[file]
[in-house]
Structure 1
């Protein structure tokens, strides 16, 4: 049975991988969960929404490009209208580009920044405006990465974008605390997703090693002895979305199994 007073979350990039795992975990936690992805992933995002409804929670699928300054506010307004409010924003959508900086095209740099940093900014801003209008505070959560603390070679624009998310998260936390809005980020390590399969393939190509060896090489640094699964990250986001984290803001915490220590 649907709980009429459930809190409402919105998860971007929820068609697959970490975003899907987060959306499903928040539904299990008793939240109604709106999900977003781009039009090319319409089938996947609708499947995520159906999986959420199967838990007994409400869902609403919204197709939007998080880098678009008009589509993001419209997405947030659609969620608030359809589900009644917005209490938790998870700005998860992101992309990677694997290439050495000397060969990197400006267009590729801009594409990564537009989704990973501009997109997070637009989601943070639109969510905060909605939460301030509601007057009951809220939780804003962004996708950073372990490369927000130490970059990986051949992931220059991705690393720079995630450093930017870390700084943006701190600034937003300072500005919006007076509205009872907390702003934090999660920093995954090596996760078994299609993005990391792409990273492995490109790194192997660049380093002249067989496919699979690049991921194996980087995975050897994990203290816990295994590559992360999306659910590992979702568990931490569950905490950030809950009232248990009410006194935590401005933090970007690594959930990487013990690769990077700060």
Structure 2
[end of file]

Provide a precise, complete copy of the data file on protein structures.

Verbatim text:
[in-house]
Structure 1
């Protein structure tokens, strides 16, 4: 049975991988969960929404490009209208580009920044405006990465974008605390997703090693002895979305199994 007073979350990039795992975990936690992805992933995002409804929670699928300054506010307004409010924003959508900086095209740099940093900014801003209008505070959560603390070679624009998310998260936390809005980020390590399969393939190509060896090489640094699964990250986001984290803001915490220590 649907709980009429459930809190409402919105998860971007929820068609697959970490975003899907987060959306499903928040539904299990008793939240109604709106999900977003781009039009090319319409089938996947609708499947995520159906999986959420199967838990007994409400869902609403919204197709939007998080880098678009008009589509993001419209997405947030659609969620608030359809589900009644917005209490938790998870700005998860992101992309990677694997290439050495000397060969990197400006267009590729801009594409990564537009989704990973501009997109997070637009989601943070639109969510905060909605939460301030509601007057009951809220939780804003962004996708950073372990490369927000130490970059990986051949992931220059991705690393720079995630450093930017870390700084943006701190600034937003300072500005919006007076509205009872907390702003934090999660920093995954090596996760078994299609993005990391792409990273492995490109790194192997660049380093002249067989496919699979690049991921194996980087995975050897994990203290816990295994590559992360999306659910590992979702568990931490569950905490950030809950009232248990009410006194935590401005933090970007690594959930990487013990690769990077700060």
Structure 2